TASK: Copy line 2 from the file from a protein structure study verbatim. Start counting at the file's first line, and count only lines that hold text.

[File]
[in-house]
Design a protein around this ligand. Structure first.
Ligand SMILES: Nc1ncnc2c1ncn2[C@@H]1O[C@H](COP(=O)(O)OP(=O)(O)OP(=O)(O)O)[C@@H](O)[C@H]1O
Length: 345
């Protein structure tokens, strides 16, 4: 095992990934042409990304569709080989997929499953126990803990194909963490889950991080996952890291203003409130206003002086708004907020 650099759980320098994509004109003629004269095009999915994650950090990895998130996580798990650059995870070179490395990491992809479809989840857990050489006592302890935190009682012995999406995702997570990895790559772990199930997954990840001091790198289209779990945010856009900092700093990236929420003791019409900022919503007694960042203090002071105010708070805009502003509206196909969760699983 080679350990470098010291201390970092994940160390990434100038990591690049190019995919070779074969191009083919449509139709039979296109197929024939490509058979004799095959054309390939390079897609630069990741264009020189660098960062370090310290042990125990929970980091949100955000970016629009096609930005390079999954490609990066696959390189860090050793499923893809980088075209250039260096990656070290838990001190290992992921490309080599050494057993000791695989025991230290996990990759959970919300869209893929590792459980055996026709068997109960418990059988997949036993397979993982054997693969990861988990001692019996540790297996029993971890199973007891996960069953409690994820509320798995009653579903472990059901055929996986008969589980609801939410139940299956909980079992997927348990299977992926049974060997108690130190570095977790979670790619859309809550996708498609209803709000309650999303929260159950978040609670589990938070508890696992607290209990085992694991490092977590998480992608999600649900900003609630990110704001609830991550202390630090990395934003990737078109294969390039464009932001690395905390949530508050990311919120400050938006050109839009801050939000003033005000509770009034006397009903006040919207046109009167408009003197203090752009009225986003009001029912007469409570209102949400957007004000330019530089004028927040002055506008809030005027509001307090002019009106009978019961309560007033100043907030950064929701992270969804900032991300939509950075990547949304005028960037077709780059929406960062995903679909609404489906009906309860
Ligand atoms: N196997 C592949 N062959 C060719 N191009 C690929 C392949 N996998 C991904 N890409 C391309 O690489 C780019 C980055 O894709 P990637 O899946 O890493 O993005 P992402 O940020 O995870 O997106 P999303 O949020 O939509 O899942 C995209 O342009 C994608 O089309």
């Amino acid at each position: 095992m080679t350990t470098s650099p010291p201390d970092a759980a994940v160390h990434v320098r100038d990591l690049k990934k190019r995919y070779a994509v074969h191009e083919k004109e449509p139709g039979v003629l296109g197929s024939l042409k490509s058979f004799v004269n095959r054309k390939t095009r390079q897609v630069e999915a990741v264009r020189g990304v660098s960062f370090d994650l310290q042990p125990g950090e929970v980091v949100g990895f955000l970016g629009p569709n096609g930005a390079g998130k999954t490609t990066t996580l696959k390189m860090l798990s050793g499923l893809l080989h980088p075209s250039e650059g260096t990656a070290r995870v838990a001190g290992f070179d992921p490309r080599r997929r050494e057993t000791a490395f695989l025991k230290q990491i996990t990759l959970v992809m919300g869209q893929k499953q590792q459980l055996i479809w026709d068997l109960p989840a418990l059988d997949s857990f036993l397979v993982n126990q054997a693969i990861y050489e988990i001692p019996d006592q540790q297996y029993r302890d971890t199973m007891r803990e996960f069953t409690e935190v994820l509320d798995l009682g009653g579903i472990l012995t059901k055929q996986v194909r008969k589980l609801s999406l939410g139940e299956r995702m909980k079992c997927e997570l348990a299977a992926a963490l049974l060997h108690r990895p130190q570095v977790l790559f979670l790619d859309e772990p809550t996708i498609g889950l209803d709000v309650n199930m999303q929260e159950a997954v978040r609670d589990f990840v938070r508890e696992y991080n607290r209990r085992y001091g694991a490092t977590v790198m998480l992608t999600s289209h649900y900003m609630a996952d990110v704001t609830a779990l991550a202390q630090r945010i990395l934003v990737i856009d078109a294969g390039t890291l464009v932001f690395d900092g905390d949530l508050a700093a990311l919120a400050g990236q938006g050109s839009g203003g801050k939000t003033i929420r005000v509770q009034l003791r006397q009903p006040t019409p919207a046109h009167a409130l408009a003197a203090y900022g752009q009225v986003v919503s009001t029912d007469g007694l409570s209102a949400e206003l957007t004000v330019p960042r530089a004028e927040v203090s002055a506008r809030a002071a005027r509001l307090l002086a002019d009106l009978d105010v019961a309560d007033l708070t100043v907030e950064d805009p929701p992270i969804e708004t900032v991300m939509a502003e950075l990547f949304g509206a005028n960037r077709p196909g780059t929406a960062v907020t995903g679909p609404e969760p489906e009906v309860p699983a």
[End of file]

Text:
Design a protein around this ligand. Structure first.